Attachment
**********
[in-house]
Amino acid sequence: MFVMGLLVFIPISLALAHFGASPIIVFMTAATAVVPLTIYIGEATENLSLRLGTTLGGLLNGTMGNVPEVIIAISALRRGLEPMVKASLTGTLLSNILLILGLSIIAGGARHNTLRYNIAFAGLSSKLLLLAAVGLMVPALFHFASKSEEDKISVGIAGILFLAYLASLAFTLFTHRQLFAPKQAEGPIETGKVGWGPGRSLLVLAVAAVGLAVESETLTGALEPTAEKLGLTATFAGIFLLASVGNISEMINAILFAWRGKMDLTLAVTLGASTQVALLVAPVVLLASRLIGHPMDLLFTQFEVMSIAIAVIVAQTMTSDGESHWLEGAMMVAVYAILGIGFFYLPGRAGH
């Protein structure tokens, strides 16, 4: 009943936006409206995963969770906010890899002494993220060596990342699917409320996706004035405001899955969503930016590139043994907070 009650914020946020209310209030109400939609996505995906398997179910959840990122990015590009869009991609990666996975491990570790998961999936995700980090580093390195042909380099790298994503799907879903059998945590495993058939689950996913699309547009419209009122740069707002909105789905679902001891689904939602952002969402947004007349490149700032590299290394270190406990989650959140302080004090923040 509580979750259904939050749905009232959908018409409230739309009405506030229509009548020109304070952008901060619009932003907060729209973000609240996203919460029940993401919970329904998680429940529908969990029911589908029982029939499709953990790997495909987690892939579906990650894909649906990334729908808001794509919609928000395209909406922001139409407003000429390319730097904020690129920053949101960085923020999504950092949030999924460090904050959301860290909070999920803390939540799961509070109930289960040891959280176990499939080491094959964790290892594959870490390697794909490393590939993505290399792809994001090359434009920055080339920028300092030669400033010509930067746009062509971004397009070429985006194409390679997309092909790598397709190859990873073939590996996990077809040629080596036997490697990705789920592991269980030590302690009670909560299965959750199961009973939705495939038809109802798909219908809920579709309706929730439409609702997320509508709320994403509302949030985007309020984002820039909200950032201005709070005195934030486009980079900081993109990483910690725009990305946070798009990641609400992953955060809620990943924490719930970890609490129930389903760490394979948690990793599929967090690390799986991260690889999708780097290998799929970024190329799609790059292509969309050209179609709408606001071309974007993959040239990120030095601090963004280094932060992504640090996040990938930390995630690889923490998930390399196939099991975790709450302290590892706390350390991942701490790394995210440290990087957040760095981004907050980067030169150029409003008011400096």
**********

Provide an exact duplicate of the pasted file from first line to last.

[in-house]
Amino acid sequence: MFVMGLLVFIPISLALAHFGASPIIVFMTAATAVVPLTIYIGEATENLSLRLGTTLGGLLNGTMGNVPEVIIAISALRRGLEPMVKASLTGTLLSNILLILGLSIIAGGARHNTLRYNIAFAGLSSKLLLLAAVGLMVPALFHFASKSEEDKISVGIAGILFLAYLASLAFTLFTHRQLFAPKQAEGPIETGKVGWGPGRSLLVLAVAAVGLAVESETLTGALEPTAEKLGLTATFAGIFLLASVGNISEMINAILFAWRGKMDLTLAVTLGASTQVALLVAPVVLLASRLIGHPMDLLFTQFEVMSIAIAVIVAQTMTSDGESHWLEGAMMVAVYAILGIGFFYLPGRAGH
């Protein structure tokens, strides 16, 4: 009943936006409206995963969770906010890899002494993220060596990342699917409320996706004035405001899955969503930016590139043994907070 009650914020946020209310209030109400939609996505995906398997179910959840990122990015590009869009991609990666996975491990570790998961999936995700980090580093390195042909380099790298994503799907879903059998945590495993058939689950996913699309547009419209009122740069707002909105789905679902001891689904939602952002969402947004007349490149700032590299290394270190406990989650959140302080004090923040 509580979750259904939050749905009232959908018409409230739309009405506030229509009548020109304070952008901060619009932003907060729209973000609240996203919460029940993401919970329904998680429940529908969990029911589908029982029939499709953990790997495909987690892939579906990650894909649906990334729908808001794509919609928000395209909406922001139409407003000429390319730097904020690129920053949101960085923020999504950092949030999924460090904050959301860290909070999920803390939540799961509070109930289960040891959280176990499939080491094959964790290892594959870490390697794909490393590939993505290399792809994001090359434009920055080339920028300092030669400033010509930067746009062509971004397009070429985006194409390679997309092909790598397709190859990873073939590996996990077809040629080596036997490697990705789920592991269980030590302690009670909560299965959750199961009973939705495939038809109802798909219908809920579709309706929730439409609702997320509508709320994403509302949030985007309020984002820039909200950032201005709070005195934030486009980079900081993109990483910690725009990305946070798009990641609400992953955060809620990943924490719930970890609490129930389903760490394979948690990793599929967090690390799986991260690889999708780097290998799929970024190329799609790059292509969309050209179609709408606001071309974007993959040239990120030095601090963004280094932060992504640090996040990938930390995630690889923490998930390399196939099991975790709450302290590892706390350390991942701490790394995210440290990087957040760095981004907050980067030169150029409003008011400096």